The United States military has been waging war in Afghanistan for 15 years now. Under Barack Obama, thousands of US troops were withdrawn, but some forces still remain behind to train Afghan forces. However, Army General John Nicholson Jr. told the Senate Armed Services Committee that the war is currently at a stalemate and that he needs thousands of additional troops to properly train Afghan forces.
In a stark admission, the top U.S. commander in Afghanistan told Capitol Hill lawmakers Thursday that after 15 years of war, the conflict remains a “stalemate” – and said thousands more troops are needed to train Afghan forces.
Army Gen. John W. Nicholson, Jr. offered lawmakers a grim assessment about the prospects for truly ending a war that so far has cost more than 2,000 American lives — and billions of dollars — since 2001. The challenge, he testified, is made even tougher by Russia and Iran’s aid to the Taliban, amid signs the militant group is making territorial gains.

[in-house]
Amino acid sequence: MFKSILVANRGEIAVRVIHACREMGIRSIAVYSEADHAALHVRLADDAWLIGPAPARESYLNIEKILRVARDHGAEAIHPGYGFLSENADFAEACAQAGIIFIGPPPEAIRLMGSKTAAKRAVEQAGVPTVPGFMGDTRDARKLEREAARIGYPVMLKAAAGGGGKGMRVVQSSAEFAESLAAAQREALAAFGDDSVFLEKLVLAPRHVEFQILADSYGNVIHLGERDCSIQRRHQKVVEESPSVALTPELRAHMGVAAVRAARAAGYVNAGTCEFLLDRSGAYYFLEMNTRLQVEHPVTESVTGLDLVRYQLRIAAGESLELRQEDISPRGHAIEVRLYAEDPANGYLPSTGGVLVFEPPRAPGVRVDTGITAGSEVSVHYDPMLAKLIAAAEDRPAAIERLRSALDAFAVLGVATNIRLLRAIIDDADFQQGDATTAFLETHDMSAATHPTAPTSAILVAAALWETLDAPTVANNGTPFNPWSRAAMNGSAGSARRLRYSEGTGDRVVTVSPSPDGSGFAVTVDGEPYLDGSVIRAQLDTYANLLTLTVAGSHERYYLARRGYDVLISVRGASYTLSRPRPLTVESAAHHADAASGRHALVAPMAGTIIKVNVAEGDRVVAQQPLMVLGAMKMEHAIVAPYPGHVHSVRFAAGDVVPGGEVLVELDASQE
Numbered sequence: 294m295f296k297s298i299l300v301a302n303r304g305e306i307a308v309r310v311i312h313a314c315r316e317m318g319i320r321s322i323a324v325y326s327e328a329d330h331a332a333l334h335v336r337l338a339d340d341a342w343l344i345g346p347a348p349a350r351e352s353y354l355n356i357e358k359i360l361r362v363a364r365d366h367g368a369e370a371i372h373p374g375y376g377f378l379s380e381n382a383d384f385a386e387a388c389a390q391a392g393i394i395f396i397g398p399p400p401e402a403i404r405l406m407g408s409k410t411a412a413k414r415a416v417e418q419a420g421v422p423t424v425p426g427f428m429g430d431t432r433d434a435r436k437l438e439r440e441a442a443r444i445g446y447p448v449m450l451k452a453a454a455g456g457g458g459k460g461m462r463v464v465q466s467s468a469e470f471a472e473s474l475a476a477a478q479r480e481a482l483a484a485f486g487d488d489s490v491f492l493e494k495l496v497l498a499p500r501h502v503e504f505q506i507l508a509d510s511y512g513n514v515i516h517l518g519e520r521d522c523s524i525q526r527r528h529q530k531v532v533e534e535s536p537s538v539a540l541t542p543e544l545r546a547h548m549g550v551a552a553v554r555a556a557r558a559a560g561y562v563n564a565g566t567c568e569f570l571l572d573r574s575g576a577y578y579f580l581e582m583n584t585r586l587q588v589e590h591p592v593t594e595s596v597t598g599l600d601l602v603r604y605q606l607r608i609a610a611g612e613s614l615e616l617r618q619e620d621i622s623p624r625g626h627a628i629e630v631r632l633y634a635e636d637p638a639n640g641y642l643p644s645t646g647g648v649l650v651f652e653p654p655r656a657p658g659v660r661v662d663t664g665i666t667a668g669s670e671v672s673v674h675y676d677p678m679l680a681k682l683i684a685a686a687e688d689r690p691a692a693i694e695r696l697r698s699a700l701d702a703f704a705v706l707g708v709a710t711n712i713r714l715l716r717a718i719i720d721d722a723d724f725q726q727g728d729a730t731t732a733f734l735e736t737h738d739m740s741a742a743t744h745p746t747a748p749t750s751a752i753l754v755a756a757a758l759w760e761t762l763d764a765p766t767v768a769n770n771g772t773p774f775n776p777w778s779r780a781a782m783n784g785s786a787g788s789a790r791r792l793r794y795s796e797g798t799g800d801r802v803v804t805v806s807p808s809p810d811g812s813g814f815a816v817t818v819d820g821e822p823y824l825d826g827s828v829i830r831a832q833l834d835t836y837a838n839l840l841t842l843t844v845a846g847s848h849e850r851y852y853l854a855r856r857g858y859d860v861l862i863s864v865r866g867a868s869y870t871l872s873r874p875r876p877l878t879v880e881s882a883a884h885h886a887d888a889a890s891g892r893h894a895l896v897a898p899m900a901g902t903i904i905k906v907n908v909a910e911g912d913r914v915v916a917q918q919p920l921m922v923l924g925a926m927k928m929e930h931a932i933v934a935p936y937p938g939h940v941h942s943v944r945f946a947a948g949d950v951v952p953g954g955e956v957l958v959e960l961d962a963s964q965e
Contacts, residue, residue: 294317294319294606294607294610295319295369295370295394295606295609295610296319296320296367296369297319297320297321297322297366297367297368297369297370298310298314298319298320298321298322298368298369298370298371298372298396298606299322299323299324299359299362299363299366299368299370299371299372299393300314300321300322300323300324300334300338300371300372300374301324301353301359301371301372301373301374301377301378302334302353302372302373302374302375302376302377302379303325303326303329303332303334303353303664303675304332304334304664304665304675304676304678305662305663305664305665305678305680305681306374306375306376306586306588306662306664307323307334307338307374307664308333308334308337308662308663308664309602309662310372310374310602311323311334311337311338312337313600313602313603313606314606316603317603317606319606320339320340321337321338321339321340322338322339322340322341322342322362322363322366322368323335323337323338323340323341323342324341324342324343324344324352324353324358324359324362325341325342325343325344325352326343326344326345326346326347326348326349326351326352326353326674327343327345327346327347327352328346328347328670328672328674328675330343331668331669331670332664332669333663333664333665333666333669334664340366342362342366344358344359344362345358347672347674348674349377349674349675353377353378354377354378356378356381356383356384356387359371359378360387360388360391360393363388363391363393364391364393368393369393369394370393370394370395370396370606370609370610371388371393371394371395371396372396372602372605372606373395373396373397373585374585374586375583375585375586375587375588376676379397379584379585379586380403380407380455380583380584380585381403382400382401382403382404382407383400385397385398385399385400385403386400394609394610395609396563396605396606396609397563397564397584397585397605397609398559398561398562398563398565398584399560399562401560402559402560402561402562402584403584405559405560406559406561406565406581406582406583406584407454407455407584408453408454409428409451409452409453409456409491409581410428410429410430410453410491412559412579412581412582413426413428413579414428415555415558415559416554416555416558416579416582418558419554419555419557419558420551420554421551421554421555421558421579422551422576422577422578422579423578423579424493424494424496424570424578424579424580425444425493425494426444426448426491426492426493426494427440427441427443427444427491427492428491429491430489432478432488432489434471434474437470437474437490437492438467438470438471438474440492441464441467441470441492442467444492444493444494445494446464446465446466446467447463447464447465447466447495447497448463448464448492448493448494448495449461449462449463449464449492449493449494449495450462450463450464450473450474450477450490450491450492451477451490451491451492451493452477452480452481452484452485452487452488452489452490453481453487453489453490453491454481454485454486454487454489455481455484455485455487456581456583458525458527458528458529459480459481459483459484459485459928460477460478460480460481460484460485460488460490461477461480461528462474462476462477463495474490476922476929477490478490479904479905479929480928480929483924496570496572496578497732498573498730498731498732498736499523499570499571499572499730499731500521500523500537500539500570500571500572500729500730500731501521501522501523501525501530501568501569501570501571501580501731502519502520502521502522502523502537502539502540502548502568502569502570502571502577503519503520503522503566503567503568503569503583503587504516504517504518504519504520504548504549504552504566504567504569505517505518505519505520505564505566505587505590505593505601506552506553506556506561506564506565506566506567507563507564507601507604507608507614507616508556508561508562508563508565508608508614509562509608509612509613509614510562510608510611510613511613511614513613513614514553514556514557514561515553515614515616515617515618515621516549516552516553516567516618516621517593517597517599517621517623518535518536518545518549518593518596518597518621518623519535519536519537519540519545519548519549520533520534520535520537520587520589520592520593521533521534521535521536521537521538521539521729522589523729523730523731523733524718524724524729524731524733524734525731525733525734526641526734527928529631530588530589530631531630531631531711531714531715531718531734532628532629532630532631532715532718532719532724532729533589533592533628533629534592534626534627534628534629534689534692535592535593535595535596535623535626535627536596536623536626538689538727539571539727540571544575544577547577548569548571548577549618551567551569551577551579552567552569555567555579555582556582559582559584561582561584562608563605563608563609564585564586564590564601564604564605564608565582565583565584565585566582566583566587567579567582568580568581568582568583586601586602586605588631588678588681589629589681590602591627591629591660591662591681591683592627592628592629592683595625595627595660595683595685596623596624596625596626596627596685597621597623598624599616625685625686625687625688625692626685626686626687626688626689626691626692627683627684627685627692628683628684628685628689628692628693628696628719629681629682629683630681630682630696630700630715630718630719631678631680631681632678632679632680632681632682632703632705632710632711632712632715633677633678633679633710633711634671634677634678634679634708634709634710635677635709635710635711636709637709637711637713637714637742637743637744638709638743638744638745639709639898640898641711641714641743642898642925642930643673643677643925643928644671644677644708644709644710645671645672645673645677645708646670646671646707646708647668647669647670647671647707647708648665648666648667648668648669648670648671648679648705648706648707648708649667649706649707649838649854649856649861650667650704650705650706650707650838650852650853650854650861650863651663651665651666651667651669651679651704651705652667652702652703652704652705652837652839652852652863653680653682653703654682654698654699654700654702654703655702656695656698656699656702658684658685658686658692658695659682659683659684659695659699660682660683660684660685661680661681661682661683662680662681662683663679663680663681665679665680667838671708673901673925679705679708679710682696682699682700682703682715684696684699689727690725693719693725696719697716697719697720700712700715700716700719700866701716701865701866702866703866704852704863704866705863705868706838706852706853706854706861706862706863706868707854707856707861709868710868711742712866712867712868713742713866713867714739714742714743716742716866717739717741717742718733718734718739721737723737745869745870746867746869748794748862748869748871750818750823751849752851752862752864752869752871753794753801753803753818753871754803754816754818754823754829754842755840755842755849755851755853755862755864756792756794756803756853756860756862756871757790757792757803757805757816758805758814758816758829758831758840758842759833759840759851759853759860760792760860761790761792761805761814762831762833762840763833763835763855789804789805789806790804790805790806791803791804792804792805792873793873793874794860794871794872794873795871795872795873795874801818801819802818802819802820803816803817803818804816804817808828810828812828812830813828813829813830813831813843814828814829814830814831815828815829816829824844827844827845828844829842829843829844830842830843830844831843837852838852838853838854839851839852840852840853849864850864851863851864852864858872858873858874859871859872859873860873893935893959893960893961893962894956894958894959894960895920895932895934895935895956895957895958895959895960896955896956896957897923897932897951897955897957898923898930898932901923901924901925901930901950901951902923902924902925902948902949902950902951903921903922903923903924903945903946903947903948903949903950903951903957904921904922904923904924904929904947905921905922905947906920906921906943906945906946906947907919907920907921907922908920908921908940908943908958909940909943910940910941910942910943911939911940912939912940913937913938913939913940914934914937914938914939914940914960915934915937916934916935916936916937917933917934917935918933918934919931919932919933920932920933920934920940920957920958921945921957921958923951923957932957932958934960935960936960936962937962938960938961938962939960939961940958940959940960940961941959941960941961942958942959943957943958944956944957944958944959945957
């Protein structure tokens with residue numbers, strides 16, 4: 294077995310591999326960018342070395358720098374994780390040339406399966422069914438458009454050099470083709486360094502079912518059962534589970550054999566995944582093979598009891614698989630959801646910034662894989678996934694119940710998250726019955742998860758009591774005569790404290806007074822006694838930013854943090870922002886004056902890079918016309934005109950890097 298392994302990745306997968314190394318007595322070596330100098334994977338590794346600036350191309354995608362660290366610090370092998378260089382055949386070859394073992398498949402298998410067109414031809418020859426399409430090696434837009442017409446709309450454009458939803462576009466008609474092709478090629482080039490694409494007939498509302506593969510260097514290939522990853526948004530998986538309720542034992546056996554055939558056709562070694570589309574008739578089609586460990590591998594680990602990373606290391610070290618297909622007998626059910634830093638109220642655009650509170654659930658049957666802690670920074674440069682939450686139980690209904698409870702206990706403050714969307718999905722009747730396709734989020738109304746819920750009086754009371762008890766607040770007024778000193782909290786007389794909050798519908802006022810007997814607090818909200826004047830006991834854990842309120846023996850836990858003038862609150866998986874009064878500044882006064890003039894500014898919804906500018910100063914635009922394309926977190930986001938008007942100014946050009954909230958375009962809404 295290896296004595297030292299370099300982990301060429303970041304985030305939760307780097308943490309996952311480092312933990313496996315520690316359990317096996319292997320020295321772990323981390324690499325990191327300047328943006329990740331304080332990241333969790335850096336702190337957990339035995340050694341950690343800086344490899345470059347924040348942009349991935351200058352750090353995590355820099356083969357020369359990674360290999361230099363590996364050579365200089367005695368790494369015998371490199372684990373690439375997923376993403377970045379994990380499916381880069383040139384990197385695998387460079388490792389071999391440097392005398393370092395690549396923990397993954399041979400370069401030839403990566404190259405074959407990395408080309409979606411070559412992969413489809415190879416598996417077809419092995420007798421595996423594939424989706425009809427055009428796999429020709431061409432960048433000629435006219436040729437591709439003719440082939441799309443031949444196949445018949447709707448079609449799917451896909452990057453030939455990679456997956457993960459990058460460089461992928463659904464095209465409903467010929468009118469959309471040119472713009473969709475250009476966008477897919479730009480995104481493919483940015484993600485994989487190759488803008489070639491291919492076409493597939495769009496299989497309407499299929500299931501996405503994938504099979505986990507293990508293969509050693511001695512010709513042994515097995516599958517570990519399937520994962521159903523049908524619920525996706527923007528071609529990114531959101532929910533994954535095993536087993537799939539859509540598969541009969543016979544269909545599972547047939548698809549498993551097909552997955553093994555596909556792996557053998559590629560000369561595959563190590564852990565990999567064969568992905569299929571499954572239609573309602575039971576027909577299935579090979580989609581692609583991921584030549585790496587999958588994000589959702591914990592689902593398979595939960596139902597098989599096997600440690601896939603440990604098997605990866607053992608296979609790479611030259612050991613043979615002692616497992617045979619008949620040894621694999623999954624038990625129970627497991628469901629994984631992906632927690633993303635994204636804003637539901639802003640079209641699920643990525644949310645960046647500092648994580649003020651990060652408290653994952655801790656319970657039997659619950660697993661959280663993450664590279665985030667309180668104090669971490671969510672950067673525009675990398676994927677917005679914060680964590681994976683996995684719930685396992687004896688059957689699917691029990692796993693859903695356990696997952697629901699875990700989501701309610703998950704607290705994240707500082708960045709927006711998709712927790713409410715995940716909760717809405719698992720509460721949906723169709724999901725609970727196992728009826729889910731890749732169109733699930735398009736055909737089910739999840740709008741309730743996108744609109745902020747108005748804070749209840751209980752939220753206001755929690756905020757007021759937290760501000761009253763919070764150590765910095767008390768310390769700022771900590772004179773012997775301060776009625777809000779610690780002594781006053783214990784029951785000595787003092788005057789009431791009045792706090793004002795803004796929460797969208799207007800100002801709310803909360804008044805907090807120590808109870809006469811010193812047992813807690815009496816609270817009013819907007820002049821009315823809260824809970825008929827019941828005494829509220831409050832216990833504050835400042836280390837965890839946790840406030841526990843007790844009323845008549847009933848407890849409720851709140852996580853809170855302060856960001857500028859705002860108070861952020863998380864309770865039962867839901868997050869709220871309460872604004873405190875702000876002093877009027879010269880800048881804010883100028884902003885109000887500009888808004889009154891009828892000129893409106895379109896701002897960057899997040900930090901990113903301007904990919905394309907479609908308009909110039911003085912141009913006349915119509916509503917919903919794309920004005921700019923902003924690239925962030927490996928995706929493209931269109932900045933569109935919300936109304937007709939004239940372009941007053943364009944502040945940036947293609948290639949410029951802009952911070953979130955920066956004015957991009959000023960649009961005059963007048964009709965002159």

“I believe we’re in a stalemate,” Nicholson told Senate Armed Services Committee Chairman John McCain, R-Ariz., when asked directly if the U.S. and its allies are winning or losing.
He said he has “adequate” resources for counterterrorism, but is facing a shortfall of a few-thousand troops to train Afghan forces.